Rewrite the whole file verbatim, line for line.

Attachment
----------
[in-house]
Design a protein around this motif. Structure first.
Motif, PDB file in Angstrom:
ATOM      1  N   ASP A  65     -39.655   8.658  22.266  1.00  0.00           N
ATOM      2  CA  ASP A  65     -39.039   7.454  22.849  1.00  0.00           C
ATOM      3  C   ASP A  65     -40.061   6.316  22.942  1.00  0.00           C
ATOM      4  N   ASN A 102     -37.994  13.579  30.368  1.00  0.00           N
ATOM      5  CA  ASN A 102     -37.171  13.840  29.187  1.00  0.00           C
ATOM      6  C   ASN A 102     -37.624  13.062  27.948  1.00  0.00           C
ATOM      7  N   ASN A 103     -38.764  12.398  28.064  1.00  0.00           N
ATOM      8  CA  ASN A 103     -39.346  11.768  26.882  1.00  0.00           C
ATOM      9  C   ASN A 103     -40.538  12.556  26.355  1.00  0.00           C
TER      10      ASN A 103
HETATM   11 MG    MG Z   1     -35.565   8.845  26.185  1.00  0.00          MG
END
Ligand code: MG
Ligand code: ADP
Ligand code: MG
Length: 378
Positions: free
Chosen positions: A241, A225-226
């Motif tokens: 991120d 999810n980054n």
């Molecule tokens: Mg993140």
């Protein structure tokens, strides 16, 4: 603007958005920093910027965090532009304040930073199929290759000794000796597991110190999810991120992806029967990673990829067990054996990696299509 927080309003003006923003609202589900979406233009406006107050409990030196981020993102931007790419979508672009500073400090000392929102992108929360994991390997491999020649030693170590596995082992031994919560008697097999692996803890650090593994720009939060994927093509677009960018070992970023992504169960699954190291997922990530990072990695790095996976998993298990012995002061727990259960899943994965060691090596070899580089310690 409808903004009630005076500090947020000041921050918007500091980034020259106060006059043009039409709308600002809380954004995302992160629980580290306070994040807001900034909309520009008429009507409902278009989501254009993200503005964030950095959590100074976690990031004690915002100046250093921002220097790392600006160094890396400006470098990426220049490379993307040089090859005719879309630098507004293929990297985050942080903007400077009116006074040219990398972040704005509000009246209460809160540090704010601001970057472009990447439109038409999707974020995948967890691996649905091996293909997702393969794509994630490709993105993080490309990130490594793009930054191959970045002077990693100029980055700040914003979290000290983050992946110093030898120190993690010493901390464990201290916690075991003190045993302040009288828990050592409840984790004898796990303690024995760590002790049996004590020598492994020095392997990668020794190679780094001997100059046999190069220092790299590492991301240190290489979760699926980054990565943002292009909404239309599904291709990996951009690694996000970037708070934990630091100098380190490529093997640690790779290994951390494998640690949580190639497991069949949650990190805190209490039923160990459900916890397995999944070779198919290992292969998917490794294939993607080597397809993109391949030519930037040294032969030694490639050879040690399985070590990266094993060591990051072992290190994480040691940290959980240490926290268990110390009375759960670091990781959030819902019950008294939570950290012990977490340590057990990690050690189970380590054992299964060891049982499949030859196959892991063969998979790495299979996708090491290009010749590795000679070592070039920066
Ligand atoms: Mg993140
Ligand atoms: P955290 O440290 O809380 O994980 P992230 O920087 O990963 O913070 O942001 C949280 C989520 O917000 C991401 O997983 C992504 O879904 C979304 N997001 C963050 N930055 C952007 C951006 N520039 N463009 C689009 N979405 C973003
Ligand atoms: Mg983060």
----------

[in-house]
Design a protein around this motif. Structure first.
Motif, PDB file in Angstrom:
ATOM      1  N   ASP A  65     -39.655   8.658  22.266  1.00  0.00           N
ATOM      2  CA  ASP A  65     -39.039   7.454  22.849  1.00  0.00           C
ATOM      3  C   ASP A  65     -40.061   6.316  22.942  1.00  0.00           C
ATOM      4  N   ASN A 102     -37.994  13.579  30.368  1.00  0.00           N
ATOM      5  CA  ASN A 102     -37.171  13.840  29.187  1.00  0.00           C
ATOM      6  C   ASN A 102     -37.624  13.062  27.948  1.00  0.00           C
ATOM      7  N   ASN A 103     -38.764  12.398  28.064  1.00  0.00           N
ATOM      8  CA  ASN A 103     -39.346  11.768  26.882  1.00  0.00           C
ATOM      9  C   ASN A 103     -40.538  12.556  26.355  1.00  0.00           C
TER      10      ASN A 103
HETATM   11 MG    MG Z   1     -35.565   8.845  26.185  1.00  0.00          MG
END
Ligand code: MG
Ligand code: ADP
Ligand code: MG
Length: 378
Positions: free
Chosen positions: A241, A225-226
């Motif tokens: 991120d 999810n980054n």
């Molecule tokens: Mg993140």
């Protein structure tokens, strides 16, 4: 603007958005920093910027965090532009304040930073199929290759000794000796597991110190999810991120992806029967990673990829067990054996990696299509 927080309003003006923003609202589900979406233009406006107050409990030196981020993102931007790419979508672009500073400090000392929102992108929360994991390997491999020649030693170590596995082992031994919560008697097999692996803890650090593994720009939060994927093509677009960018070992970023992504169960699954190291997922990530990072990695790095996976998993298990012995002061727990259960899943994965060691090596070899580089310690 409808903004009630005076500090947020000041921050918007500091980034020259106060006059043009039409709308600002809380954004995302992160629980580290306070994040807001900034909309520009008429009507409902278009989501254009993200503005964030950095959590100074976690990031004690915002100046250093921002220097790392600006160094890396400006470098990426220049490379993307040089090859005719879309630098507004293929990297985050942080903007400077009116006074040219990398972040704005509000009246209460809160540090704010601001970057472009990447439109038409999707974020995948967890691996649905091996293909997702393969794509994630490709993105993080490309990130490594793009930054191959970045002077990693100029980055700040914003979290000290983050992946110093030898120190993690010493901390464990201290916690075991003190045993302040009288828990050592409840984790004898796990303690024995760590002790049996004590020598492994020095392997990668020794190679780094001997100059046999190069220092790299590492991301240190290489979760699926980054990565943002292009909404239309599904291709990996951009690694996000970037708070934990630091100098380190490529093997640690790779290994951390494998640690949580190639497991069949949650990190805190209490039923160990459900916890397995999944070779198919290992292969998917490794294939993607080597397809993109391949030519930037040294032969030694490639050879040690399985070590990266094993060591990051072992290190994480040691940290959980240490926290268990110390009375759960670091990781959030819902019950008294939570950290012990977490340590057990990690050690189970380590054992299964060891049982499949030859196959892991063969998979790495299979996708090491290009010749590795000679070592070039920066
Ligand atoms: Mg993140
Ligand atoms: P955290 O440290 O809380 O994980 P992230 O920087 O990963 O913070 O942001 C949280 C989520 O917000 C991401 O997983 C992504 O879904 C979304 N997001 C963050 N930055 C952007 C951006 N520039 N463009 C689009 N979405 C973003
Ligand atoms: Mg983060």